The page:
The name of the series comes from a story, according to which Beethoven wanted a horse. He
admired the magnificent beast but forgot to feed it and the horse died. Beethoven's Horse is a
metaphor for the structural changes in sparsely populated areas of Finland. Old and abandoned
buildings were once magnificent and necessary, but now they have withered and died. No
longer useful, ruins with boarded windows are left behind. Each building has its own story and
often, it has already been forgotten.
Documentary style photography is part of my artistic expression. I want my images to have
cultural and historical significance.
The photographs tell us about the transformation of settlements and industry, the culture of consumption and our own current values. They have been taken in different parts of Finland. The series continues, and I am still constantly searching for new locations. Although over the past five years, I have already managed to document a wide range of places and their fate. Some of the places I have photographed have already been dismantled, but the change and their transition lives on in the memory of the photograph. A piece of the structural transformation has been frozen in time. Images from this series were first exhibited in 2015 and 2016 at four locations in the Czech Republic. In Finland, the photographs have only been exhibited at Studio Wäkevä in Mikkeli (2015) and a selection from the series (15 images) was on show at the Savonlinna Provincial Museum in Riihisaari in the autumn of 2018. The series is continually growing, and a large portion of the photographs have not yet been exhibited.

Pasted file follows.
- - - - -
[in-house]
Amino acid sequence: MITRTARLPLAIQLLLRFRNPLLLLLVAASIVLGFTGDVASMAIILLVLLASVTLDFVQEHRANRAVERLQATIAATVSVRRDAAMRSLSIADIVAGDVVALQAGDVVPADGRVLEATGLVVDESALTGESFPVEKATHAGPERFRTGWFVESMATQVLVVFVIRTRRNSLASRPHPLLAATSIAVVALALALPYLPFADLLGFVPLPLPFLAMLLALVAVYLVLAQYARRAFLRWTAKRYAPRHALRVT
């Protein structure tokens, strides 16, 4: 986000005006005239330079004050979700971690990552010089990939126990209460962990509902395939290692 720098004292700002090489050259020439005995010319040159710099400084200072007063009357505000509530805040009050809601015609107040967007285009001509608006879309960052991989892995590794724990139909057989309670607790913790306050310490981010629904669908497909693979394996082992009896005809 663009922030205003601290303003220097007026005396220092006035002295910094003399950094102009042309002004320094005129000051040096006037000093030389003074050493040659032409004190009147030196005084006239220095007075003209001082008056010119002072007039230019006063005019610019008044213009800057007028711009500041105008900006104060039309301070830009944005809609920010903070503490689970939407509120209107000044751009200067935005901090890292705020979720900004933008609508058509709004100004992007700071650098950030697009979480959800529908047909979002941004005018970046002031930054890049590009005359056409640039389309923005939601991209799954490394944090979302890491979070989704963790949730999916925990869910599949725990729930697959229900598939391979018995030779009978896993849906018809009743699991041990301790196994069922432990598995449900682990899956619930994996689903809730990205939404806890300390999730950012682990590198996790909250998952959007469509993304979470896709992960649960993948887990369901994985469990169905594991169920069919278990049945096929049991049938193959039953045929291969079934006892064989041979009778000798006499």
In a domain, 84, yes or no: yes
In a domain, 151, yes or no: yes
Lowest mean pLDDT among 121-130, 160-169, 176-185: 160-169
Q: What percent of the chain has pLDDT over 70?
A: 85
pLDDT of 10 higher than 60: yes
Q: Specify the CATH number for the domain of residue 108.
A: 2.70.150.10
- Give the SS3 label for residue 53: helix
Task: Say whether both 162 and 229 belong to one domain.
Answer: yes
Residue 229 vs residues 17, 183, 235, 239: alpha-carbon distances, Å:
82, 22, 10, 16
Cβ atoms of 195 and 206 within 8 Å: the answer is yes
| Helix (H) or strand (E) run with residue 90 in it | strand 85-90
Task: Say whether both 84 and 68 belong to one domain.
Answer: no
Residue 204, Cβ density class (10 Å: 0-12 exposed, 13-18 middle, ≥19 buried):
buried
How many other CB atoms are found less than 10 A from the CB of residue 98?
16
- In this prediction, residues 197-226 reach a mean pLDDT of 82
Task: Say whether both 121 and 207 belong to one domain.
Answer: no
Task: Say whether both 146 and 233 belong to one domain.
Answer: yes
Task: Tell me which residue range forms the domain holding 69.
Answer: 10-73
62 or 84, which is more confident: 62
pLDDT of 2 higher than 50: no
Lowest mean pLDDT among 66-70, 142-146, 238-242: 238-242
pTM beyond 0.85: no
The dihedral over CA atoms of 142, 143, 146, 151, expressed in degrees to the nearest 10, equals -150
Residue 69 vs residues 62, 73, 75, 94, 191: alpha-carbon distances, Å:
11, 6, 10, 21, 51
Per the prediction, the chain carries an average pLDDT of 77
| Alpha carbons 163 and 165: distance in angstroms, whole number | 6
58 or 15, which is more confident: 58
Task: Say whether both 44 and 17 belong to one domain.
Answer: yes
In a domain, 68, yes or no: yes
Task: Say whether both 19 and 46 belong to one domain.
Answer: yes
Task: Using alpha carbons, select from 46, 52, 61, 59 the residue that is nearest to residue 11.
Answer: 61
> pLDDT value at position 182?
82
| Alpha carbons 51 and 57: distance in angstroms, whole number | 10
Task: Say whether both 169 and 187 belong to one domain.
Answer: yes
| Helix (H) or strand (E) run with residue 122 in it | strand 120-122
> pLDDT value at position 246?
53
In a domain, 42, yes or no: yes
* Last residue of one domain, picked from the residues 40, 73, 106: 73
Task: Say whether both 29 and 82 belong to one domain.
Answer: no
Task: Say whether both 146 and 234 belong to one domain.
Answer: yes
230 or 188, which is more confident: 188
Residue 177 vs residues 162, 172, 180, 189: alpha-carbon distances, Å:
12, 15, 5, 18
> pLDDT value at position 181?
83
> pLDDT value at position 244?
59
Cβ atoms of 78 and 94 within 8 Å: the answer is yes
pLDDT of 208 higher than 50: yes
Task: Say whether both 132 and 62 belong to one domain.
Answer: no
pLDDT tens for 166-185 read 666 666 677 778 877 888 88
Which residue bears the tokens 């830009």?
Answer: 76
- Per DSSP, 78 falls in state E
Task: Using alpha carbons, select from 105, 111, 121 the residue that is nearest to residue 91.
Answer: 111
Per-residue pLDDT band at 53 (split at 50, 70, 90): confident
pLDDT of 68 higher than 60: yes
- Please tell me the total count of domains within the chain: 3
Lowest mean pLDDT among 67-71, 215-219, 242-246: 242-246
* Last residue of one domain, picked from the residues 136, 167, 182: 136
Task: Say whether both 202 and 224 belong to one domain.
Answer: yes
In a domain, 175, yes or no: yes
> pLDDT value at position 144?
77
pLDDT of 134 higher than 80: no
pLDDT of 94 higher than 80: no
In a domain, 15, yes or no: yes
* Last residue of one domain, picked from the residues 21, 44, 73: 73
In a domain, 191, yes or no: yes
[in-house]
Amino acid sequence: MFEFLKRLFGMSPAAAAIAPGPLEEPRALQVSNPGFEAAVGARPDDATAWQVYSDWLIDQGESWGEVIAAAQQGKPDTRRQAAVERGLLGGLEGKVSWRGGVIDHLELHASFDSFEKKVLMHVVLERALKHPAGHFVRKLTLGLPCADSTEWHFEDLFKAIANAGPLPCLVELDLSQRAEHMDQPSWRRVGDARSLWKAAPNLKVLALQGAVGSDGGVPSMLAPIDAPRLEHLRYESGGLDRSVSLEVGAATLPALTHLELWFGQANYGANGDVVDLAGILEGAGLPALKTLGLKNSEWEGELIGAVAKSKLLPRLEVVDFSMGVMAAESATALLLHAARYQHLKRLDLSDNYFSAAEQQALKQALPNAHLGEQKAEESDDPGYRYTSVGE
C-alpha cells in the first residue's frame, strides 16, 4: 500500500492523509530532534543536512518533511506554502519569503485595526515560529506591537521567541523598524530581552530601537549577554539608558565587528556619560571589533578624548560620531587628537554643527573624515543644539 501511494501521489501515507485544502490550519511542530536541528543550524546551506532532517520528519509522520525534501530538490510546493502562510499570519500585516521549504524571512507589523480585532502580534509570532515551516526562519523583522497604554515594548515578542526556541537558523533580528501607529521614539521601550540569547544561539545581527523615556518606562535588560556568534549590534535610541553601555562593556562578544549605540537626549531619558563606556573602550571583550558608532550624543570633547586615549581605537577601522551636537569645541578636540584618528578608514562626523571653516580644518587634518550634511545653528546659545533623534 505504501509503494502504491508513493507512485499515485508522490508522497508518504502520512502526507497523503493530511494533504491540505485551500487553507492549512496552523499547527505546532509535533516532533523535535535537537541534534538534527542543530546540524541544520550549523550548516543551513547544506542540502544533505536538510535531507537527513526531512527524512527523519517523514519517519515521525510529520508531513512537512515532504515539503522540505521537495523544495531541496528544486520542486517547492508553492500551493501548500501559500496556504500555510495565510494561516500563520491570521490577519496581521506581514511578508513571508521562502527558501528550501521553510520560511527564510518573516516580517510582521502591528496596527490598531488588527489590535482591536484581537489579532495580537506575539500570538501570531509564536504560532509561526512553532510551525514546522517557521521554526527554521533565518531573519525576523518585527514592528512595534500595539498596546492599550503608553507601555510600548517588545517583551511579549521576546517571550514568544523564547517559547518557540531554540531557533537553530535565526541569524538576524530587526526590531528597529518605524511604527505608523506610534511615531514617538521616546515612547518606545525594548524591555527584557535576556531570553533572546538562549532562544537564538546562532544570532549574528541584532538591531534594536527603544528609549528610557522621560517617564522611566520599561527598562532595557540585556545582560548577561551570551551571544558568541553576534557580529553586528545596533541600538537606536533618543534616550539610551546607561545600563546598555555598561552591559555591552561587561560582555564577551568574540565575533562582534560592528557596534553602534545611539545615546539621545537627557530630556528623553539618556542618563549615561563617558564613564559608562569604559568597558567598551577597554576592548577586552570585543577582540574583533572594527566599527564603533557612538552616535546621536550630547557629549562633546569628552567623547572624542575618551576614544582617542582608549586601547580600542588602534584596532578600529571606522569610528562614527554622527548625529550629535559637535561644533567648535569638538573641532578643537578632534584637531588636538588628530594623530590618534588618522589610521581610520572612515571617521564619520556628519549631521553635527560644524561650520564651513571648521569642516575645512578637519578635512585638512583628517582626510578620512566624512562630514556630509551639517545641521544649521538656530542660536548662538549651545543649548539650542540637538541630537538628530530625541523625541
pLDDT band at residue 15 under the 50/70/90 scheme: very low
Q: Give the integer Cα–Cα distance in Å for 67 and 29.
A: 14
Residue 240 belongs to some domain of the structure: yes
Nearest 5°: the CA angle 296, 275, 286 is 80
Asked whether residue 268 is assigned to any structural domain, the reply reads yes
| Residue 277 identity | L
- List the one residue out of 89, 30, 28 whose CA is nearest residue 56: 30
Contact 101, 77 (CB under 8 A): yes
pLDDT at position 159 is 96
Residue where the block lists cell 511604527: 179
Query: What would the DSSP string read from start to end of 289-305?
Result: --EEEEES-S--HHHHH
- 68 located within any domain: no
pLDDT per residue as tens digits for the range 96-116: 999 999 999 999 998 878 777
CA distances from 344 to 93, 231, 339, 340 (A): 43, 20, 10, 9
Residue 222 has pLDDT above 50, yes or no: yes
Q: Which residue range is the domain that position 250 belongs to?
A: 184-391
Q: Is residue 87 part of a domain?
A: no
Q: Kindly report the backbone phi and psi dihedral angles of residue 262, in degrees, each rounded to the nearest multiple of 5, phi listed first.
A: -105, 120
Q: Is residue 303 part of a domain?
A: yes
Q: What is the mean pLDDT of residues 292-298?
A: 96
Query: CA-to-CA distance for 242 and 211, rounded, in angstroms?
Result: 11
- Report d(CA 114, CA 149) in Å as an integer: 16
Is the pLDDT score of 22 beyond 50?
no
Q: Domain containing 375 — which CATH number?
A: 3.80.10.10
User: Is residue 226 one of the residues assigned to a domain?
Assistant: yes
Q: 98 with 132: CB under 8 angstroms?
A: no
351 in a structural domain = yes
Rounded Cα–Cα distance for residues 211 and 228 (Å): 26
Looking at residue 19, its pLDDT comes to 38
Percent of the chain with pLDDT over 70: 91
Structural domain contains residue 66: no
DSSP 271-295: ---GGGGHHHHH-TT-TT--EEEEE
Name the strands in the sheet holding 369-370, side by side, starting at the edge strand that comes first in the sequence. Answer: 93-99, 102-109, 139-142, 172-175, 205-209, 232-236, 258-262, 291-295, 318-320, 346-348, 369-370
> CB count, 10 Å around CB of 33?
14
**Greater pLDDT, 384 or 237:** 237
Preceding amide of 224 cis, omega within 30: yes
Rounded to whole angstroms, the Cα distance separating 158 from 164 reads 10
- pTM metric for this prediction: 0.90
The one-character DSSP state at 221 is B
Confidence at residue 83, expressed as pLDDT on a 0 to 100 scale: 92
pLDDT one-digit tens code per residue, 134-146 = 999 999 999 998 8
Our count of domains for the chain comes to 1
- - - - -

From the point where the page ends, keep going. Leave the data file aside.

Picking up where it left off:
Veikko Halmetoja is a curator and art critic. In 2007, he wrote about the series Beethoven's
Horse in my exhibition catalogue Searching (Etsimässä).
"At first glance, it is easy to think that Sami Funke is a realistic documentary photographer, in
whose images the surrounding environment is center stage. However, when you spend more
time with the works, slowly more and more symbolic traits begin to appear. It is not farfetched
to consider them within the context of Romantic Era painting.
In this series of abandoned buildings, the buildings are solid individuals and beautiful in their
ruin. Through them, the structural changes in the countryside and sparsely populated areas are
realised. In fine art, Romanticism is not a cohesive style, it is a question of attitude and subject
matter. A certain type of emotional expression and
a spiritual connection with nature are characteristic of Romanticism. (...) Funke's photographs are infused with many similar meanings. Images of barn buildings reclaimed by nature, with collapsed roofs and roads covered by vegetation; evoke the fleeting nature of everything, the momentary existence of humans and the dominion of nature."
Käännös / translation: Anna Puhakka